A meeting at Birmingham Council House, organised by Birmingham Trades Council (24/6/2008), invited speakers on the vexed matter of privatisation of public services. What amazed even seasoned activists was the extent of moves to bring in the private sector offering lucrative contracts. All three major parties support this although it is the manifesto of none.
While post office closures are a national issue there are proposals to close a considerable number in Birmingham. This needs to be seen in the context of the government’s plan for postal services as a whole, which have all the hallmarks of privatised operations. Private companies have the opportunity to “cherry pick” the lucrative bits they like and leave the costly unattractive parts. These are usually the parts that provide essential services to the public – like mail delivery and post offices. The process was described in graphic and gory detail by a leader of the Communication Workers’ Union. He would have to leave the meeting early to attend another meeting in Coventry in advance of an announcement that this City, 7th largest in UK, would be having its Mail Centre closed.
In order for firms to tender the rules are that this has to be placed in the European Journal, at a cost of around £1 million. The competitors have to pay VAT so that has to be added in somewhere. The UK has moved much further in running down its postal services than anywhere else, and they give the Chief Executive of the Post Office a 3 year bonus package worth £3 million to run it down, with a poorer service to all of us: later deliveries when we have already been cut from 2 to 1. The once proud flagship Crown Post Offices which remain under the Post Offices control will now be found behind the green groceries of Cost Cutter and the like The Post Office has a huge distribution network, but there has been massive underinvestment. Money has been taken out of the Post Office following the Postal Services Act. Another familiar feature is the “consultation” process in which people are invited to meetings where the commercial decisions will already have been taken. These are not for negotiation.
In discussion we were further reduced to abject gloom when we realised that other unions such as the NUT used private mail services.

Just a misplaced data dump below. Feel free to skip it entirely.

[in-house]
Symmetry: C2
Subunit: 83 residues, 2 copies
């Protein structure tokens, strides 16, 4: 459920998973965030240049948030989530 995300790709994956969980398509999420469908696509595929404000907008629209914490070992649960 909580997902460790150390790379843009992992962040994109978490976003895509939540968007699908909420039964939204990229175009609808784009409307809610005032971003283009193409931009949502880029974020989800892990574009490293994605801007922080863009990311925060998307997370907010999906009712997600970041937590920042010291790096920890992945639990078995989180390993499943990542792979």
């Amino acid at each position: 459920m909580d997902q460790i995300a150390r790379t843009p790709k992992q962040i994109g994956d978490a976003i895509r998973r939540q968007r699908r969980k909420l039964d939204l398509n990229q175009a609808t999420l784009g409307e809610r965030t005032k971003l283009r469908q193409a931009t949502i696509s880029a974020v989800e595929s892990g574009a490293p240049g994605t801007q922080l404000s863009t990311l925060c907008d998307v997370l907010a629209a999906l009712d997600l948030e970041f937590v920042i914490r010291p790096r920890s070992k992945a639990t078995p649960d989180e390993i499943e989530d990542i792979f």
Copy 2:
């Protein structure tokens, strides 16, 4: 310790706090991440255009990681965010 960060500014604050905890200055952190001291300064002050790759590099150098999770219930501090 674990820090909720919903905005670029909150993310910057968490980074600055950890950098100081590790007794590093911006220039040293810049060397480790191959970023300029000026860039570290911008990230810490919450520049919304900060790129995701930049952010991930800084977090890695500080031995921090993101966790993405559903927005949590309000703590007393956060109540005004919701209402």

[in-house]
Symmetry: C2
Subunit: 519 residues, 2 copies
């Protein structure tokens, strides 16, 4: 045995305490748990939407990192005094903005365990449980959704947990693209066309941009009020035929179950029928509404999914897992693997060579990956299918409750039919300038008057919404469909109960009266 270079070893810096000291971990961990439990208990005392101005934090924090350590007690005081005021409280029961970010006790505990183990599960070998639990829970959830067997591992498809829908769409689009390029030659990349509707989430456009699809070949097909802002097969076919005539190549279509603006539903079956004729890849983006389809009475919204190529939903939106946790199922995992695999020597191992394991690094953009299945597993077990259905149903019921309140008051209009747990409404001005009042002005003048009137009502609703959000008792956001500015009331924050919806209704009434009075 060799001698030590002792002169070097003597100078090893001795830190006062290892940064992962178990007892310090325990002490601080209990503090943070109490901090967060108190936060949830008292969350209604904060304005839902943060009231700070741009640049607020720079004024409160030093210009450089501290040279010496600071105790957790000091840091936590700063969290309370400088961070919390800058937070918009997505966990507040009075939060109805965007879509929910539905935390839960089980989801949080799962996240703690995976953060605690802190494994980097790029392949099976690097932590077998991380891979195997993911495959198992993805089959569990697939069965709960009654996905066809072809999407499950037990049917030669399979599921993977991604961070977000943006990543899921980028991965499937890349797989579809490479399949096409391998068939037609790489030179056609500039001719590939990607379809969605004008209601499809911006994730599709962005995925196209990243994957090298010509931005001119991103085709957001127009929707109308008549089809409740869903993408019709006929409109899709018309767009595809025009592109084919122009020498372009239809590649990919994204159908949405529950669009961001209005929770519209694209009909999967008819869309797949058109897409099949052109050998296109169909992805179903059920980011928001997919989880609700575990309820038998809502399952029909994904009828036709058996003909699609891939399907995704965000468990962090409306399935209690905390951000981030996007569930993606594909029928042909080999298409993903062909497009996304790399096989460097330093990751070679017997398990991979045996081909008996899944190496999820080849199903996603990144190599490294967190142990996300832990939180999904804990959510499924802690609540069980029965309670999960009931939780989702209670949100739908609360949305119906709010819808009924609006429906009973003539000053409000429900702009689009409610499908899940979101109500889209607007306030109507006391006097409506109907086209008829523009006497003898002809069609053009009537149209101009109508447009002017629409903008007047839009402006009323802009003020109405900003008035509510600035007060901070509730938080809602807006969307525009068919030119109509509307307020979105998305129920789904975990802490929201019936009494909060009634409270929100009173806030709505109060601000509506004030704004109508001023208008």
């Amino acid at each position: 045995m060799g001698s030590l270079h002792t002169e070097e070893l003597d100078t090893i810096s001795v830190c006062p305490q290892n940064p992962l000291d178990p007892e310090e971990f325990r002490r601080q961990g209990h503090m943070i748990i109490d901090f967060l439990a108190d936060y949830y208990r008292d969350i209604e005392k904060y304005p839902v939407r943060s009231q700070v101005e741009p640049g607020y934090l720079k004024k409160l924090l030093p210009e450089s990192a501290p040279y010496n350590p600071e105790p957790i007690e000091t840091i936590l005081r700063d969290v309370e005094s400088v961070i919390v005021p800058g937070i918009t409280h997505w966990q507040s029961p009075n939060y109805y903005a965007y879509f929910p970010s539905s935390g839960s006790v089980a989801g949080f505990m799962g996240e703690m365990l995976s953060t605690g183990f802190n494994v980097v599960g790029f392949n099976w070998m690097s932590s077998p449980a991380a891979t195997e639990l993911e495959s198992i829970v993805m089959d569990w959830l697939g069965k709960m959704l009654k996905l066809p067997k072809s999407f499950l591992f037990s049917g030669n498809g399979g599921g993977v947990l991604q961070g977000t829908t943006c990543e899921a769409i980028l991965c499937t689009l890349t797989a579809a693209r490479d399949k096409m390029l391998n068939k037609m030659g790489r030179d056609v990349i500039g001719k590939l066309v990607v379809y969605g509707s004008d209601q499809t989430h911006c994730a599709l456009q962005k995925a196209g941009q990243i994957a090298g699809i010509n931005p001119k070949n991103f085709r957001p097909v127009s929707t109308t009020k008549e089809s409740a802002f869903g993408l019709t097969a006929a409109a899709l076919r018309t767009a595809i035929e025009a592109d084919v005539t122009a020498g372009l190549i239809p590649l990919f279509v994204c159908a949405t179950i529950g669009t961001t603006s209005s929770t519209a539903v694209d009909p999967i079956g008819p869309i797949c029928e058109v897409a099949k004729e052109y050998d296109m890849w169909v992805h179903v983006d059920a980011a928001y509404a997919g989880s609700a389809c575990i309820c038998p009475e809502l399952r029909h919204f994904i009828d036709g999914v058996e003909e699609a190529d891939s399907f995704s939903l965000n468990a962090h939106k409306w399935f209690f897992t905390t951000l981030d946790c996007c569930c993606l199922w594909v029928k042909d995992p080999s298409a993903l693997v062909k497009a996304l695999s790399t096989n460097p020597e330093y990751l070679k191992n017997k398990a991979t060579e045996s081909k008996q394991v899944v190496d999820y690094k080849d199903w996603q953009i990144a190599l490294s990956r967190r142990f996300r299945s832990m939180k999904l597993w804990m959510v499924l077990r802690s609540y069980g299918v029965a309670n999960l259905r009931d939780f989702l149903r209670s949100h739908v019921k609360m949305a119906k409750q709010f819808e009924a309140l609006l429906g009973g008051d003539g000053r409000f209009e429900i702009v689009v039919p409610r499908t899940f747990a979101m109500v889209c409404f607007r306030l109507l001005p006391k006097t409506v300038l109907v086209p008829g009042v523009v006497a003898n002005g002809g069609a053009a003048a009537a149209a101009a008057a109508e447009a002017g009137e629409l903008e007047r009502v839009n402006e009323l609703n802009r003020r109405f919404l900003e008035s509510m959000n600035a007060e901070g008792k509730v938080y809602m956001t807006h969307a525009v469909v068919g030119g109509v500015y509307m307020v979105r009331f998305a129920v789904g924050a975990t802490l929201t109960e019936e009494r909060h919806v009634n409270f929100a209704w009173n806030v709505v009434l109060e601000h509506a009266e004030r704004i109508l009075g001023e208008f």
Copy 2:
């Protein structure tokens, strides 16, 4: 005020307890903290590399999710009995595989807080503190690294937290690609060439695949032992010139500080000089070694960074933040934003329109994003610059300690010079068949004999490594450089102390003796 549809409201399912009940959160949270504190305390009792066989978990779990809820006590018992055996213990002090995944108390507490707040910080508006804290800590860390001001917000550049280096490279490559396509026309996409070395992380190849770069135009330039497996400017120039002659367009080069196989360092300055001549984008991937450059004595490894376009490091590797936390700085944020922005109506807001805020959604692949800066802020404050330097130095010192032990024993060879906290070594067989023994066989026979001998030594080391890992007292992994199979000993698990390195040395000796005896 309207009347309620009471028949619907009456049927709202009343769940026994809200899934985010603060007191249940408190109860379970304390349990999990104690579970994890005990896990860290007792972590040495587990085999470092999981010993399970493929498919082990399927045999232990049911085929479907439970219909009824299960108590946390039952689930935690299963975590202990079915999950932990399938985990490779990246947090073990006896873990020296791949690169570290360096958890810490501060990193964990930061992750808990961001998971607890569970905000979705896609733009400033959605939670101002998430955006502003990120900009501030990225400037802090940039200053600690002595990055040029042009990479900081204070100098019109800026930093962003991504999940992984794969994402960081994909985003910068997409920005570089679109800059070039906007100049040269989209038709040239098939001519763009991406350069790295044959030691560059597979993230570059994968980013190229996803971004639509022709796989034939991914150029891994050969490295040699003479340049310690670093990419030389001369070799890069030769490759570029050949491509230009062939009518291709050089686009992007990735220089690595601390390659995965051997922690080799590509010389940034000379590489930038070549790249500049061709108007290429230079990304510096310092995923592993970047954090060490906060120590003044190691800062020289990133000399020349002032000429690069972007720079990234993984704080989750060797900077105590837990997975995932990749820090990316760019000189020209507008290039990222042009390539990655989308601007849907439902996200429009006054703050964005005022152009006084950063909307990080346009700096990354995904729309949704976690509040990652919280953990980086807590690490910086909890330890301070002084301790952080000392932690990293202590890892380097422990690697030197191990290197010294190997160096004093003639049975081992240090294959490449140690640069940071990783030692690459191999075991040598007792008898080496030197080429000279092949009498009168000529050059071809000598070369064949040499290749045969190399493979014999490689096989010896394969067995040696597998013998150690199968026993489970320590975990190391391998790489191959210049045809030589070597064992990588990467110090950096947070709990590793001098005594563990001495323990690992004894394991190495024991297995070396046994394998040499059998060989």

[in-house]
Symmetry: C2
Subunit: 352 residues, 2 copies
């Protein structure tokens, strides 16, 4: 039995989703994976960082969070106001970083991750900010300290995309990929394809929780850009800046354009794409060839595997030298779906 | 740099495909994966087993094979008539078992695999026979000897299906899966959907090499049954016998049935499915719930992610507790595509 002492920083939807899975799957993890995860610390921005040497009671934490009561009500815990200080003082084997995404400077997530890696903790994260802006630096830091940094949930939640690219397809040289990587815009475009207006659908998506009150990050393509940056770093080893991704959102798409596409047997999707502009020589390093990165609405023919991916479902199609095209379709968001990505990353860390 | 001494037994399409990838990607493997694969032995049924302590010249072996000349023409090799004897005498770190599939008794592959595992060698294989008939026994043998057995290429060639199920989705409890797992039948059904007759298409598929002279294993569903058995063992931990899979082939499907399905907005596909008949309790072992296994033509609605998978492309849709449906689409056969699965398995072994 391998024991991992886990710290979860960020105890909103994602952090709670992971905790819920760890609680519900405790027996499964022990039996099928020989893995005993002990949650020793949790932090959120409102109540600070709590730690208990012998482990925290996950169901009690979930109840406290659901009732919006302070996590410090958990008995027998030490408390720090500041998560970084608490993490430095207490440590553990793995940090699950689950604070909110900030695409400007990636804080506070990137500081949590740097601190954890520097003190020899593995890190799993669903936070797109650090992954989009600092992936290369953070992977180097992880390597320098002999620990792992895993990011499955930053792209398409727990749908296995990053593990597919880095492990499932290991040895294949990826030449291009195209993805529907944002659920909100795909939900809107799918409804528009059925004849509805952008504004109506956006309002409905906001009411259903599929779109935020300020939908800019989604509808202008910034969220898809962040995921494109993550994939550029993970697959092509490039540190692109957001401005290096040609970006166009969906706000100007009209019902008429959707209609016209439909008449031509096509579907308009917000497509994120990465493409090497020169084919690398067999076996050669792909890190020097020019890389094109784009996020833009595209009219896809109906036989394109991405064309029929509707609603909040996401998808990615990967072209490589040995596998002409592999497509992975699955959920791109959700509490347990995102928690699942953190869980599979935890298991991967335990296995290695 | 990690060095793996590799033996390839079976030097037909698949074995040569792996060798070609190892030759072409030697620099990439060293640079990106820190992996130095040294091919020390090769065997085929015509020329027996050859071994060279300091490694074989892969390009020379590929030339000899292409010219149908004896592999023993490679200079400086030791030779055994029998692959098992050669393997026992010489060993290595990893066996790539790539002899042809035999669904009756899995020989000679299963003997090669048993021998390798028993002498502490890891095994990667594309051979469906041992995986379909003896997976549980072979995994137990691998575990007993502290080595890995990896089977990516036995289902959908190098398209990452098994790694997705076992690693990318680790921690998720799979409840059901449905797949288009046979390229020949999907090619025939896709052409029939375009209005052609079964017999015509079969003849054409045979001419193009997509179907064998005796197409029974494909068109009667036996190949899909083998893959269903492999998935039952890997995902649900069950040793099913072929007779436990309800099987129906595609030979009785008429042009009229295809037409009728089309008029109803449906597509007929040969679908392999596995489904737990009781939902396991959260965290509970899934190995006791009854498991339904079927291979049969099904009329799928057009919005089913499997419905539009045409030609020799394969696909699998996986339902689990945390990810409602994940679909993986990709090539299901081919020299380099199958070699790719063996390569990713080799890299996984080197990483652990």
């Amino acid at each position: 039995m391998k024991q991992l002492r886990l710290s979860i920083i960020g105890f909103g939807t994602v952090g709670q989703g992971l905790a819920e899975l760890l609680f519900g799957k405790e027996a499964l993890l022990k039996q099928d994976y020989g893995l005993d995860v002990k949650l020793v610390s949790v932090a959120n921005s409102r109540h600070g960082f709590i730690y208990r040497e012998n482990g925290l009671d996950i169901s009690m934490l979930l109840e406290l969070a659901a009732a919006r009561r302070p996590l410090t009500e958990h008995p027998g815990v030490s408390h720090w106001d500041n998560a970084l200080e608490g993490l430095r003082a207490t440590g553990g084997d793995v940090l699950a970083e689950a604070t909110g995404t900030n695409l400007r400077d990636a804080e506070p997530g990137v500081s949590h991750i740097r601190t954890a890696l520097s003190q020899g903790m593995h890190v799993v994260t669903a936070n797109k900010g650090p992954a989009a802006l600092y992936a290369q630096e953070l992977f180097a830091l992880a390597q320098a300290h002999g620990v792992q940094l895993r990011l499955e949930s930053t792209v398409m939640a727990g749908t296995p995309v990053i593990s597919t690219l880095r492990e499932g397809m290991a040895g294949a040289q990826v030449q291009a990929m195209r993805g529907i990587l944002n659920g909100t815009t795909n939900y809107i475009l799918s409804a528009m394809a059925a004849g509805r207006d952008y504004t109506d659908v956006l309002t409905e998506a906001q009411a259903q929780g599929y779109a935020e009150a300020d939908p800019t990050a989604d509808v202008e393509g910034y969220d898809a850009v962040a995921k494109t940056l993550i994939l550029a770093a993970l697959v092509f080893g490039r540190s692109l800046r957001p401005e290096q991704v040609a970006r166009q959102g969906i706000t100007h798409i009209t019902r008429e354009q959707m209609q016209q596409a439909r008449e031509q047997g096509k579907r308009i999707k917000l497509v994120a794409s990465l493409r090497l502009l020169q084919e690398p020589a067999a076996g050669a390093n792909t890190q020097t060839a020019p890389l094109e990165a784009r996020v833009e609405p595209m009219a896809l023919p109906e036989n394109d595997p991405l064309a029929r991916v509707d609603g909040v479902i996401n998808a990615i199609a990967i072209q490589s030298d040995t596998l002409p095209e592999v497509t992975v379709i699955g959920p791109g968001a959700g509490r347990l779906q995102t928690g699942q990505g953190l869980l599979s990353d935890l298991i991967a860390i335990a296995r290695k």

Rick Hatcher had earlier given us a rundown of education in the brave new world. “Modernisation” is the word New Labour always uses. Before we discussed the Academies soon to feature in Birmingham Rick reminded us what had already been privatised in education, again with lucrative contracts on offer. What did working people get to benefit them? The answer was loss of jobs, poorer working conditions and a threat to local democracy. Among those bidding for Birmingham schools were Land Securities, one of the biggest property companies, and Catalyst Education owned by the Bovis group. Rick saw these as a springboard to getting other council services. The contracts are for 20 years, once more cherry picking the profitable parts, and are a partnership between national and local government and the contractor, with the council and government having a 10% stake each and 80% going to the contractor. For this the contractor would have a say in what is taught, selection of staff and membership of governing bodies. While there was room for a councillor and parent governor it is clear to see that lone voices would find great difficulty in putting their views across.
Six academies are proposed for Birmingham, although following the announcement by Ed Balls that any school deemed to be failing would be a prime target for conversion. This could add up to 10 more in Birmingham. Land and premises are being handed over. While these are still described glowingly as “part of the family of Birmingham schools” the City Council will have little say in practice, which means of course that they will become unaccountable to the electorate. More democracy out of the window in one fell swoop! It emerged that one of those lined up to take over schools in Birmingham had made a bid in Bradford, but for reasons that are unclear they were “booted out”. Another comes under a former education director for Dudley and his sidekick under the name of the Orbiston Trust. The story goes that they had left Dudley in quite a hurry and once again it would be reassuring to have a reason. The Kibg Edwards Foundation are due to take over Shenley Court.
While claims are made that Academies improve educational standards there is absolutely no evidence that they do. One member of our group had visited the Grace Academy in Solihull, which is one of the schools run by committed evangelical. For some reason there is an extremely high turnover of staff there. Evidently they began the teaching day at 8.30 and finished at 3.15, allowing a 25 minute break for lunch. The school, was very well endowed with buildings and equipment. WE have already heard how a religious foundation elsewhere in the UK now teaches creationism, having appointed a head teacher and staff to carry this out. We can look forward to seeing schools set up to teach a range of bizarre matters, and none of us will have the power to say a word.
Since all three major parties are up for all of this, and elected members seem united as turkeys voting for Christmas. Happy to lose power, happy to bury democracy, happy to see essential services go to providers with dodgy backgrounds who will provide inferior services from unmotivated staff on low pay. This is even weirder when you consider members of the public’s view on the privatisation of their services. First of all there is wide spread ignorance. When out canvassing in May I raised the matter and found the vast majority were alarmed. Was this raised by other candidates, including those now elected?